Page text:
I Couldn't Care Less: A Frayed Knot

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A hypodermic needle and a vial

A Frayed Knot

A week or so ago now (it depends when this goes out) I wrote a journal about my wife passing out in Iceland and hitting her head. I took it into my head that this would make interesting reading in this space, and useful insight, or whatever. I don't know, I just tell you stuff and leave you to read it in your own way.

We got home that evening and Raven's head hurt quite badly. I massaged her temples for her for a good while to try and ease the pressure. She had sat herself (flopped, really) in the most comfortable position she could find on the sofa, and I found that leaning against our rabbit hutch was the best way to get support for myself, but it wasn't all that comfortable. So often when she is tired and in need of help, I sit where I have to, or bend my arms round to where she needs them, rather than moving her towards me. She lies where she needs to, and I work around her.

In due course I was satisfied that she was as comfortable as I could get her for the time being so I repaired to the kitchen end of our living room to make tea. Improvising meals isn't really my thing, and fortunately we had a set of ingredients all laid out, so I didn't have to do any work really. It's just the slight mental fatigue. You go to work, get called out to dash to an ambulance and be with your wife, then you're released (she's released, but where she is, you are) then you spend an uncomfortable and unrelaxing hour easing her pain. I think your brain sort of reaches a point where it wonders when it's going to be able to power you down for a bit. By the time I showered, cleared up, washed up and got to bed it was 11:30. For reasons I won't bore you with today, that pushed back the time I got up, which meant less time to run around frantically before I went to work again.

The following morning was chaos. I had ordered her anti-nausea medication several days previously but she had not been able to pick up the prescription owing to being in an ambulance at the time. Now we needed it, they only issue it in quite small doses and she was all out and feeling sick. We used to be able to get it over the counter, so before work I set off to the chemist at one end of our road. They did not have it. The chemist further away at the other end of our road (then over a road, then over another road) didn't have it, and said you couldn't get it over the counter any more. Mind you, they once told me you couldn't get the medication I had a bag of in my hand (long story) so I don't really trust them much. Long story short, I got home with no medicine and rushed off to work.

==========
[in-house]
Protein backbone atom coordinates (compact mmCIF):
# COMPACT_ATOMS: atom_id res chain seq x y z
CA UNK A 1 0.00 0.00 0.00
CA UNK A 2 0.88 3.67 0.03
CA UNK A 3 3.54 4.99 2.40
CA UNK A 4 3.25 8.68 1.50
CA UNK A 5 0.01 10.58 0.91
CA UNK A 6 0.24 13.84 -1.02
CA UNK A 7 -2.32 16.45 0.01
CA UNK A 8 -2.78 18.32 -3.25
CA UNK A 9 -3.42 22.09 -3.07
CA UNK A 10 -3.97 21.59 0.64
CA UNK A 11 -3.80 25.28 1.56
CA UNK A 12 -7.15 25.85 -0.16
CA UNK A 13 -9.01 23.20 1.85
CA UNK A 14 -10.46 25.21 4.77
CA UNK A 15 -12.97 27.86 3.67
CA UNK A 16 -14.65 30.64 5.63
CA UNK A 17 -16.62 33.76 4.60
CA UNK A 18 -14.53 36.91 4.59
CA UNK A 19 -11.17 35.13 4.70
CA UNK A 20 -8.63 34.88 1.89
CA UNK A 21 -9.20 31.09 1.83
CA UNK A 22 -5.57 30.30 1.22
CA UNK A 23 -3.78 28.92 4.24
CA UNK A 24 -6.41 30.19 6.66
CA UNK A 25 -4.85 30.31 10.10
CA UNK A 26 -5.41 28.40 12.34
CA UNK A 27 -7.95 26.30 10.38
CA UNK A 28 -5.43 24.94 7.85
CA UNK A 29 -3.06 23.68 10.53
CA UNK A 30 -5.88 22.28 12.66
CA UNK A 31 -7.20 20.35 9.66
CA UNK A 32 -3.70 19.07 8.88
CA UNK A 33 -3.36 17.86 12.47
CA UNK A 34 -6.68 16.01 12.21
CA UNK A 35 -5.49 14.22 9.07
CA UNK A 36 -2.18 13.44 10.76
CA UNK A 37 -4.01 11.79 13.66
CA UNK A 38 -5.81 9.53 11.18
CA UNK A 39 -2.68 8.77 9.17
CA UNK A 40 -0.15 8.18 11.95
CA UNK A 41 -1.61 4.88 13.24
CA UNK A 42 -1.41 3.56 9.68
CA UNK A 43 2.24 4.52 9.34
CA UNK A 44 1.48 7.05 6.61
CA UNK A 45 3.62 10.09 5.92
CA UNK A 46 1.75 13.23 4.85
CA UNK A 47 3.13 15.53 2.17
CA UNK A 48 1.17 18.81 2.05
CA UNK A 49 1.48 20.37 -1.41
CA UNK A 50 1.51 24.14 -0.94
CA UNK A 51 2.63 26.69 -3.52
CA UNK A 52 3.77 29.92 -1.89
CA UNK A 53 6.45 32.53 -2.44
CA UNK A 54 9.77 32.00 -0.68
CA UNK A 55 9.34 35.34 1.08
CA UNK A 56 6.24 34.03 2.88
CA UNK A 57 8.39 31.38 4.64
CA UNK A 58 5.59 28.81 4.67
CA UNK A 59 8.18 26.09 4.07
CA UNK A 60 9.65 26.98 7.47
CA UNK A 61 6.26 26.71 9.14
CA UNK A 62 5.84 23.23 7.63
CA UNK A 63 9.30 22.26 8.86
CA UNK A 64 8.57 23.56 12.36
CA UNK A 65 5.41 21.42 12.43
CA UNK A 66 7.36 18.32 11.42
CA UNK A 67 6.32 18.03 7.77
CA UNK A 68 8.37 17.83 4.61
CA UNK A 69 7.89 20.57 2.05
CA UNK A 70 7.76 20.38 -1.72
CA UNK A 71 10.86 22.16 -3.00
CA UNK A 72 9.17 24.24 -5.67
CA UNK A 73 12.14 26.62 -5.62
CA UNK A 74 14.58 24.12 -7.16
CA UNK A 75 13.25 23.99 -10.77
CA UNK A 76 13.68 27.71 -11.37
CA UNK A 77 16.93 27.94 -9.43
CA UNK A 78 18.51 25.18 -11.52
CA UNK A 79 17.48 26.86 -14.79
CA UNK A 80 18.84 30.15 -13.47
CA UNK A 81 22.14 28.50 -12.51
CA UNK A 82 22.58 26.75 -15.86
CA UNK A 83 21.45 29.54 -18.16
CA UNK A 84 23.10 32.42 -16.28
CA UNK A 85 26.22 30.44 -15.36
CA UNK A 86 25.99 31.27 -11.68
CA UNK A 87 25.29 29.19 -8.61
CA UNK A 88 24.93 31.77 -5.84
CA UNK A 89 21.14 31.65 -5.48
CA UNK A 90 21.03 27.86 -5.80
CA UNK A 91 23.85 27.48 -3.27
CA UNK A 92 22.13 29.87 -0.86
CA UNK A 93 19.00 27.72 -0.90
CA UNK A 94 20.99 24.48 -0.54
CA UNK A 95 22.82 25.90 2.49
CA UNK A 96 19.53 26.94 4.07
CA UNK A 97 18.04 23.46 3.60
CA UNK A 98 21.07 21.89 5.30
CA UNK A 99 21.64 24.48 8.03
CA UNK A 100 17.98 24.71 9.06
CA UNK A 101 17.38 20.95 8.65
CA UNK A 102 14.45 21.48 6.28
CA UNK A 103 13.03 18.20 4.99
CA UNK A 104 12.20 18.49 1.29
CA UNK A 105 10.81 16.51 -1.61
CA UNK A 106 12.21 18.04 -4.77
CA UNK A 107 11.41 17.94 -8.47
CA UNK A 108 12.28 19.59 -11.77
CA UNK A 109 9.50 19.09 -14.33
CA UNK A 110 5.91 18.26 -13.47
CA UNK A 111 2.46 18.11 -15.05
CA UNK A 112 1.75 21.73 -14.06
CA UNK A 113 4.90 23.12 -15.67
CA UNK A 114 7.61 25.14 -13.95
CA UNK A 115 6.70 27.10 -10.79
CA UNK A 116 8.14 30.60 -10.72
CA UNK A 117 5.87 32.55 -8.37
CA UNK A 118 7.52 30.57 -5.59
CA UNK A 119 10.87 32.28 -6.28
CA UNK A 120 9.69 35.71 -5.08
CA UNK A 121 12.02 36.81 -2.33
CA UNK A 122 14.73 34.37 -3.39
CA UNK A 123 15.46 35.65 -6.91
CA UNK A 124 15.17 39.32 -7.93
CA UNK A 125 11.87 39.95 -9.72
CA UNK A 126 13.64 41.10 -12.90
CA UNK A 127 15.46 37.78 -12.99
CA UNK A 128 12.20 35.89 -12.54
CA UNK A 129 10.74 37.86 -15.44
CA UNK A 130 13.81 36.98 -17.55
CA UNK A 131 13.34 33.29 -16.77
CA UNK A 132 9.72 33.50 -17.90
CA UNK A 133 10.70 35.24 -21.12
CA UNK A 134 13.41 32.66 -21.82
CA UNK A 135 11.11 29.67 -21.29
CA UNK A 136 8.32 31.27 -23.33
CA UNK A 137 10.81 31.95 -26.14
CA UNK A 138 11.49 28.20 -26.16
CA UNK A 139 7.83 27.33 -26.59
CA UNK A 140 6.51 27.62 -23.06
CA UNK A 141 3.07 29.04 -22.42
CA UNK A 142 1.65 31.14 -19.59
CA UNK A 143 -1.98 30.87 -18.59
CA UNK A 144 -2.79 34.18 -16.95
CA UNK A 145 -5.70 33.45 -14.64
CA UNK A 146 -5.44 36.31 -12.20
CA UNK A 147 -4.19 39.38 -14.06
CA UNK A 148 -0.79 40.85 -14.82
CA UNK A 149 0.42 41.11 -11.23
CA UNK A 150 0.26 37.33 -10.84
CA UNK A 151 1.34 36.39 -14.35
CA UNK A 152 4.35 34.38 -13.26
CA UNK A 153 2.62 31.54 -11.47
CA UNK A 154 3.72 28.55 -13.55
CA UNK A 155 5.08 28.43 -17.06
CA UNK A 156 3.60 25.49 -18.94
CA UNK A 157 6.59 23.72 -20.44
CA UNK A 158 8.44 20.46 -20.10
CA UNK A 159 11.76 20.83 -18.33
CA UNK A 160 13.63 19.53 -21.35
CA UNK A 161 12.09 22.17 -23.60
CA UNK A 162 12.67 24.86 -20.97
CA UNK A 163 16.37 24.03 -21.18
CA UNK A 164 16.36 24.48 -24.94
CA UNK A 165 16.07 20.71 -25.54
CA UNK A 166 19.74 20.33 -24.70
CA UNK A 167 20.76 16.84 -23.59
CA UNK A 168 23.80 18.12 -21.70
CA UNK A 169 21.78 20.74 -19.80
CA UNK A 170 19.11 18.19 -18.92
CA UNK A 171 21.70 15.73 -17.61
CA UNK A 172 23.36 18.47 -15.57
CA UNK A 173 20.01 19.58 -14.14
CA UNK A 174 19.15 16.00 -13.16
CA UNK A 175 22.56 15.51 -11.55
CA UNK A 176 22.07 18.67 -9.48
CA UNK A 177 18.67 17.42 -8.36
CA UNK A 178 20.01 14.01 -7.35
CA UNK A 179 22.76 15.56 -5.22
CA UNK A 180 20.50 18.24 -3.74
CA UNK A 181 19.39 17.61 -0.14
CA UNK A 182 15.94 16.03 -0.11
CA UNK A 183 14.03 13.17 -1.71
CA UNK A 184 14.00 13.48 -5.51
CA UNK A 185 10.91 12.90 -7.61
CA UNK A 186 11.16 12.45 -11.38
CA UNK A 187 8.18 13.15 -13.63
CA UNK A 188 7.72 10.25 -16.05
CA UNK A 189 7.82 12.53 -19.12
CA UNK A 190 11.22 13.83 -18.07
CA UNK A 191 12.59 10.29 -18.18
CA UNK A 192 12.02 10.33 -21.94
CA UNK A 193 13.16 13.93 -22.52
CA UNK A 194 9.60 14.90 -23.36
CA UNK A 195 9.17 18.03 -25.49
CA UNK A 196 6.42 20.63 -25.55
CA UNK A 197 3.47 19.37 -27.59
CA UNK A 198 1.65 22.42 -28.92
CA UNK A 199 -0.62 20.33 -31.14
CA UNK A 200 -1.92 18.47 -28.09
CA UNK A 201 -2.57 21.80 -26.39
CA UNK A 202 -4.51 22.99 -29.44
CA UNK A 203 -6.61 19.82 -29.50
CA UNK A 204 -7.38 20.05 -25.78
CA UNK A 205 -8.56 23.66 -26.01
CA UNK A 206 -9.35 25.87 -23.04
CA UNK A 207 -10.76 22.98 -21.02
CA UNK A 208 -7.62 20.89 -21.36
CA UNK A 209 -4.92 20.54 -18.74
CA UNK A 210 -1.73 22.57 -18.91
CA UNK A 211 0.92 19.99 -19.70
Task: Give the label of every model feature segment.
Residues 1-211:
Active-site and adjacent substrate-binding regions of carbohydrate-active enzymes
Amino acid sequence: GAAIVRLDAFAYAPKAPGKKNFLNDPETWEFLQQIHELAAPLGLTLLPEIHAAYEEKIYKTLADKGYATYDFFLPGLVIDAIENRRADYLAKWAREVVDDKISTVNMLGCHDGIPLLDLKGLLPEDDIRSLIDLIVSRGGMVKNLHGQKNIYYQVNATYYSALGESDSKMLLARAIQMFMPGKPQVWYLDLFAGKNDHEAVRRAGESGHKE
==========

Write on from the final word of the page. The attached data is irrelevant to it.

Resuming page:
Lunch time, having inhaled my food, I had jobs to do. Firstly, I went to the surgery to collect the prescription, and then the chemist to collect the medicine. While that was being prepared I made another trip to do some additional important shopping (hoover bags) that Raven had not been able to do and would not now get out of the house to do for several days. When I got back to work I phoned her to make sure she was okay. She didn't answer, so I phoned a friend who, bless her, went round to Raven to see that she was alright. She popped by on the way to borrow my keys so she could let herself in. She returned later to tell me that she had left Raven in the company of another friend of ours. These little things make the world of difference, you know.

So that's the sort of crux of it. Your time is sucked away from you. Firstly you have to give additional time to caring for the person who now needs more care than usual. Then you have to find time to do all the shopping (I get food on my way home from work) and other jobs that they haven't done themselves. Then you try and fit your normal job, the one that puts money in your pocket, around all that. Then, if there's any time left over (which there isn't) you try to find some time for yourself. And for some people, people I can't begin to understand or find enough admiration for, it's like that every day. At least I get variety.

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